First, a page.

NILI DISTRICT, Daykundi Province – Shrubby trees, boxy mud-brick houses, and bare sheaths of rock dot the stark landscape on the two-hour rocky drive from Daykundi’s provincial capital, Nili, to Chahr Asban village. At the base of the mountain lies farmer Niamatullah Radfar’s large, four-tiered compound, surrounded by a thick mud-brick wall.
Niamatullah’s family has farmed here for decades, and the orchards and gardens lie a short walk from the compound walls. Like all the local villagers, the family has used traditional horticultural methods that stretch back generations to care for their crops. “All of the villagers here earn their income from agriculture and livestock,” Niamatullah says. “We have been using traditional horticultural systems.”
Niamatullah has five jeribs, or one hectare, of land, where he has planted grapevines, and almond, and apples trees, using improved practices and systems with the help of the National Horticulture and Livestock Project (NHLP). “For the past year, NHLP has been here and introduced improved management technologies and practices for growing grapes,” he says. “The people have seen this and now they are eager to join the NHLP schemes and use these new methods next year.”
He was the only villager who decided to participate when NHLP launched its activities in Chahr Asban, home to 500 families, in 2015. Ali Royesh, NHLP officer in Nili district, says that people were not eager because they did not trust NHLP and had not previously seen the advantages of new technologies and farming practices introduced by NHLP. “They doubted the project because there had never been long-term support here,” Ali says. After seeing NHLP’s activities and Niamatullah’s success with the project, villagers are eager to join. “Now people trust NHLP,” he says.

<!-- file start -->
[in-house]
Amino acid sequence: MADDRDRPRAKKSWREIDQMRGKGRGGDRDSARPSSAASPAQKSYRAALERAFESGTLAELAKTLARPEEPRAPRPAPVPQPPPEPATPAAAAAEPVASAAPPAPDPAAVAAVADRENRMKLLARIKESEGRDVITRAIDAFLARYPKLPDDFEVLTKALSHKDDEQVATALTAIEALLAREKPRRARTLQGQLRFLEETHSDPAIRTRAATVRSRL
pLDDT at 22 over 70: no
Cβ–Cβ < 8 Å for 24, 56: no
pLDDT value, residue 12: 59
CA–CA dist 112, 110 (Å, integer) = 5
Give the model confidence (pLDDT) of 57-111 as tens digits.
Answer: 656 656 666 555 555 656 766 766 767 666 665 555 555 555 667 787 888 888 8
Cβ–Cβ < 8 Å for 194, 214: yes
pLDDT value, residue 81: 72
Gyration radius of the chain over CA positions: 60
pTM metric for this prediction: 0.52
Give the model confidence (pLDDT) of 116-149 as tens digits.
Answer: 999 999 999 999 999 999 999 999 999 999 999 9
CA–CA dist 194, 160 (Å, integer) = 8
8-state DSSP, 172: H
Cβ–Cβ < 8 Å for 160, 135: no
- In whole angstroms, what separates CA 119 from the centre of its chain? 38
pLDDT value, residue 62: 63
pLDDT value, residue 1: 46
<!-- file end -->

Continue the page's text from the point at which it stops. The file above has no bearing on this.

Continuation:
Niamatullah’s success in adopting modern methods is demonstrated in the grapes he is growing, which is proving profitable. “Before NHLP, all the orchards in the village were using the low productive traditional methods and, thus, income was low,” he says. He expects this year’s harvest to sell for triple or even quadruple the price of last year’s crop. “I think that this project will increase the villagers’ income and their situation in life will be better,” he adds.